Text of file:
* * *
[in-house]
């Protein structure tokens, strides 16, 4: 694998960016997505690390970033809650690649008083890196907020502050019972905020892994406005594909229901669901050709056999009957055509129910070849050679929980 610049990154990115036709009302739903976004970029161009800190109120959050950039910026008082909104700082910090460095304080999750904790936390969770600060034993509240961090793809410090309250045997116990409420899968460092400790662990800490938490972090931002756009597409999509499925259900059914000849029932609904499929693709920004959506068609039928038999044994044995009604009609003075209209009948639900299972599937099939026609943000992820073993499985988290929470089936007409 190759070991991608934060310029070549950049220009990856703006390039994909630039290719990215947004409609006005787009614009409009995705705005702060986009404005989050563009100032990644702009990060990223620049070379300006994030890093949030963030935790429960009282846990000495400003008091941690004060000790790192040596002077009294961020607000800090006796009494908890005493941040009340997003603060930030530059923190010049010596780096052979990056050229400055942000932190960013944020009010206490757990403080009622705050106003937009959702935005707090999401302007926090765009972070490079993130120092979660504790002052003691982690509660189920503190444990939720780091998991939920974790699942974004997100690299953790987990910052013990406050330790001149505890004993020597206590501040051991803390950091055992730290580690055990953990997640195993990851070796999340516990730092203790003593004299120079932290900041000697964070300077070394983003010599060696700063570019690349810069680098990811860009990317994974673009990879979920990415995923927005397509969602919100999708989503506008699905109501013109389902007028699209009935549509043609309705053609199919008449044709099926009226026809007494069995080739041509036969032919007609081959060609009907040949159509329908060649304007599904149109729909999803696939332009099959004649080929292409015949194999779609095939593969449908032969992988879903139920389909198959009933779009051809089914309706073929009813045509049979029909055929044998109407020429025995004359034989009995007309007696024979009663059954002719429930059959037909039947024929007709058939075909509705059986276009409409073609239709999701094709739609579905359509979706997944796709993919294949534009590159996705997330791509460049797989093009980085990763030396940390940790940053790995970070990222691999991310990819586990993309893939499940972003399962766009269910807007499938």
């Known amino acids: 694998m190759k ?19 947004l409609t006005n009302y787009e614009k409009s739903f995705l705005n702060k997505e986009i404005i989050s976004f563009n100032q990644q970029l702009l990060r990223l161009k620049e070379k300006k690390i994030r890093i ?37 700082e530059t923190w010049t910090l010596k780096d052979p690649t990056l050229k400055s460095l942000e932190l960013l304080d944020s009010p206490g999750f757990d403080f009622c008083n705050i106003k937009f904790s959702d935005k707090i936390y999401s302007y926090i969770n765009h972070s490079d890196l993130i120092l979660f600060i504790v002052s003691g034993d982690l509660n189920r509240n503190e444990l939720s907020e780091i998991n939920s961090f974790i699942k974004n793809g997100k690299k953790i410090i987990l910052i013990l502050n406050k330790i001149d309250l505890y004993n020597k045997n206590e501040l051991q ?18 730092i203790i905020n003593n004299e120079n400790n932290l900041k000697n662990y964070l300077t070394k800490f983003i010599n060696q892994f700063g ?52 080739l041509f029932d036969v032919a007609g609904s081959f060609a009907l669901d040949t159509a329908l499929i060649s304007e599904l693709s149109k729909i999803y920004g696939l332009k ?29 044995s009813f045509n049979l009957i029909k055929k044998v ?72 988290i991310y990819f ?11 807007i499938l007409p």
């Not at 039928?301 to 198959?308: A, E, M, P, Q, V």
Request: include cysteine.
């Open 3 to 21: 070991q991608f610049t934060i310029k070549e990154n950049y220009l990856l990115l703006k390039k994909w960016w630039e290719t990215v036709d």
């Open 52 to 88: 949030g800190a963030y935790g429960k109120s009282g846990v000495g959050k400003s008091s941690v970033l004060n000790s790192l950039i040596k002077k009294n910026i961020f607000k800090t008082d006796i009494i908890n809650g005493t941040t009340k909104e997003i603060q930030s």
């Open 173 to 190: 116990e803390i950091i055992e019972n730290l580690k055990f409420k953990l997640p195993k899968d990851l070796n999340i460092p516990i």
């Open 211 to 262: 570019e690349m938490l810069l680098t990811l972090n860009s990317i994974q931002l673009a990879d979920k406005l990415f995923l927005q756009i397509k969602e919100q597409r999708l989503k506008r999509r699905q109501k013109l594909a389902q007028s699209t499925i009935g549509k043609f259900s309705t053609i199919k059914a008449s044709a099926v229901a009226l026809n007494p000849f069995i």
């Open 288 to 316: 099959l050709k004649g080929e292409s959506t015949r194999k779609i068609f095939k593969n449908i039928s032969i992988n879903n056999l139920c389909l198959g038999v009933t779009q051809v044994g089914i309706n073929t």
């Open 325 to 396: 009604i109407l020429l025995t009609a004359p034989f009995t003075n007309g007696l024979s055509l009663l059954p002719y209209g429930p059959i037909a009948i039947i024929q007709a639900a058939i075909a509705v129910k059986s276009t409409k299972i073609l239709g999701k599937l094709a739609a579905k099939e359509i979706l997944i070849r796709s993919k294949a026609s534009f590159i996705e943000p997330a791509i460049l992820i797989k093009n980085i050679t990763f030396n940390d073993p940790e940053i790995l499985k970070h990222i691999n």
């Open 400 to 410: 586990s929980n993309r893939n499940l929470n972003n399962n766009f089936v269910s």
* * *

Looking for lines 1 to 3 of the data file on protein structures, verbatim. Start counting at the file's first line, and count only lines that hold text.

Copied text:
[in-house]
């Protein structure tokens, strides 16, 4: 694998960016997505690390970033809650690649008083890196907020502050019972905020892994406005594909229901669901050709056999009957055509129910070849050679929980 610049990154990115036709009302739903976004970029161009800190109120959050950039910026008082909104700082910090460095304080999750904790936390969770600060034993509240961090793809410090309250045997116990409420899968460092400790662990800490938490972090931002756009597409999509499925259900059914000849029932609904499929693709920004959506068609039928038999044994044995009604009609003075209209009948639900299972599937099939026609943000992820073993499985988290929470089936007409 190759070991991608934060310029070549950049220009990856703006390039994909630039290719990215947004409609006005787009614009409009995705705005702060986009404005989050563009100032990644702009990060990223620049070379300006994030890093949030963030935790429960009282846990000495400003008091941690004060000790790192040596002077009294961020607000800090006796009494908890005493941040009340997003603060930030530059923190010049010596780096052979990056050229400055942000932190960013944020009010206490757990403080009622705050106003937009959702935005707090999401302007926090765009972070490079993130120092979660504790002052003691982690509660189920503190444990939720780091998991939920974790699942974004997100690299953790987990910052013990406050330790001149505890004993020597206590501040051991803390950091055992730290580690055990953990997640195993990851070796999340516990730092203790003593004299120079932290900041000697964070300077070394983003010599060696700063570019690349810069680098990811860009990317994974673009990879979920990415995923927005397509969602919100999708989503506008699905109501013109389902007028699209009935549509043609309705053609199919008449044709099926009226026809007494069995080739041509036969032919007609081959060609009907040949159509329908060649304007599904149109729909999803696939332009099959004649080929292409015949194999779609095939593969449908032969992988879903139920389909198959009933779009051809089914309706073929009813045509049979029909055929044998109407020429025995004359034989009995007309007696024979009663059954002719429930059959037909039947024929007709058939075909509705059986276009409409073609239709999701094709739609579905359509979706997944796709993919294949534009590159996705997330791509460049797989093009980085990763030396940390940790940053790995970070990222691999991310990819586990993309893939499940972003399962766009269910807007499938």
């Known amino acids: 694998m190759k ?19 947004l409609t006005n009302y787009e614009k409009s739903f995705l705005n702060k997505e986009i404005i989050s976004f563009n100032q990644q970029l702009l990060r990223l161009k620049e070379k300006k690390i994030r890093i ?37 700082e530059t923190w010049t910090l010596k780096d052979p690649t990056l050229k400055s460095l942000e932190l960013l304080d944020s009010p206490g999750f757990d403080f009622c008083n705050i106003k937009f904790s959702d935005k707090i936390y999401s302007y926090i969770n765009h972070s490079d890196l993130i120092l979660f600060i504790v002052s003691g034993d982690l509660n189920r509240n503190e444990l939720s907020e780091i998991n939920s961090f974790i699942k974004n793809g997100k690299k953790i410090i987990l910052i013990l502050n406050k330790i001149d309250l505890y004993n020597k045997n206590e501040l051991q ?18 730092i203790i905020n003593n004299e120079n400790n932290l900041k000697n662990y964070l300077t070394k800490f983003i010599n060696q892994f700063g ?52 080739l041509f029932d036969v032919a007609g609904s081959f060609a009907l669901d040949t159509a329908l499929i060649s304007e599904l693709s149109k729909i999803y920004g696939l332009k ?29 044995s009813f045509n049979l009957i029909k055929k044998v ?72 988290i991310y990819f ?11 807007i499938l007409p």